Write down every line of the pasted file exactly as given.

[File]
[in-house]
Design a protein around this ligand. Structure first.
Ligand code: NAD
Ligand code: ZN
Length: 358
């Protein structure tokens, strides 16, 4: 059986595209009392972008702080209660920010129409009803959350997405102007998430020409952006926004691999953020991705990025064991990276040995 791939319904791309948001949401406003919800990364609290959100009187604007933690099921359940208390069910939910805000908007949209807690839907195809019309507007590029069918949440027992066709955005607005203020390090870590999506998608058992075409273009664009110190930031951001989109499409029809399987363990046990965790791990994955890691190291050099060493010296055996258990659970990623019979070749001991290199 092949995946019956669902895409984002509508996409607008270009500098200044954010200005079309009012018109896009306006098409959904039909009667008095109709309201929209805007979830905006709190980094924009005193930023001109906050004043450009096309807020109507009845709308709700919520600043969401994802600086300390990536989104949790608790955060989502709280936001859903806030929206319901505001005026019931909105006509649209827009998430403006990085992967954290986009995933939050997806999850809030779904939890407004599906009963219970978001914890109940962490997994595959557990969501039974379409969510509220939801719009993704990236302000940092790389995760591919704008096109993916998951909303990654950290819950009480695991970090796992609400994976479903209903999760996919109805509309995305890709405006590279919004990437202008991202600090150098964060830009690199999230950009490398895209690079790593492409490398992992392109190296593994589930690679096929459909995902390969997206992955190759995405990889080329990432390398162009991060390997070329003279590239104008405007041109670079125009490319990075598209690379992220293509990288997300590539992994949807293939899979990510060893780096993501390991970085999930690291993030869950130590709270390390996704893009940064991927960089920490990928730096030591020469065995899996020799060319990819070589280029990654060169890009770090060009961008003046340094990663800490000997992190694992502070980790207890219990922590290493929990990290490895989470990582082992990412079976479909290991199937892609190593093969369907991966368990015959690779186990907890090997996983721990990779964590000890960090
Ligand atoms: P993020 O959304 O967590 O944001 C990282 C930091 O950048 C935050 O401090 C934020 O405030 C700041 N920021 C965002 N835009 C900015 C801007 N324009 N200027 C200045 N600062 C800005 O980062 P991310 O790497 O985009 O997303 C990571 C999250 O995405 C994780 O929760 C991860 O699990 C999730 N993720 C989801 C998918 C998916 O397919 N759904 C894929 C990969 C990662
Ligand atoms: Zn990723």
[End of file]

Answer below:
[in-house]
Design a protein around this ligand. Structure first.
Ligand code: NAD
Ligand code: ZN
Length: 358
């Protein structure tokens, strides 16, 4: 059986595209009392972008702080209660920010129409009803959350997405102007998430020409952006926004691999953020991705990025064991990276040995 791939319904791309948001949401406003919800990364609290959100009187604007933690099921359940208390069910939910805000908007949209807690839907195809019309507007590029069918949440027992066709955005607005203020390090870590999506998608058992075409273009664009110190930031951001989109499409029809399987363990046990965790791990994955890691190291050099060493010296055996258990659970990623019979070749001991290199 092949995946019956669902895409984002509508996409607008270009500098200044954010200005079309009012018109896009306006098409959904039909009667008095109709309201929209805007979830905006709190980094924009005193930023001109906050004043450009096309807020109507009845709308709700919520600043969401994802600086300390990536989104949790608790955060989502709280936001859903806030929206319901505001005026019931909105006509649209827009998430403006990085992967954290986009995933939050997806999850809030779904939890407004599906009963219970978001914890109940962490997994595959557990969501039974379409969510509220939801719009993704990236302000940092790389995760591919704008096109993916998951909303990654950290819950009480695991970090796992609400994976479903209903999760996919109805509309995305890709405006590279919004990437202008991202600090150098964060830009690199999230950009490398895209690079790593492409490398992992392109190296593994589930690679096929459909995902390969997206992955190759995405990889080329990432390398162009991060390997070329003279590239104008405007041109670079125009490319990075598209690379992220293509990288997300590539992994949807293939899979990510060893780096993501390991970085999930690291993030869950130590709270390390996704893009940064991927960089920490990928730096030591020469065995899996020799060319990819070589280029990654060169890009770090060009961008003046340094990663800490000997992190694992502070980790207890219990922590290493929990990290490895989470990582082992990412079976479909290991199937892609190593093969369907991966368990015959690779186990907890090997996983721990990779964590000890960090
Ligand atoms: P993020 O959304 O967590 O944001 C990282 C930091 O950048 C935050 O401090 C934020 O405030 C700041 N920021 C965002 N835009 C900015 C801007 N324009 N200027 C200045 N600062 C800005 O980062 P991310 O790497 O985009 O997303 C990571 C999250 O995405 C994780 O929760 C991860 O699990 C999730 N993720 C989801 C998918 C998916 O397919 N759904 C894929 C990969 C990662
Ligand atoms: Zn990723």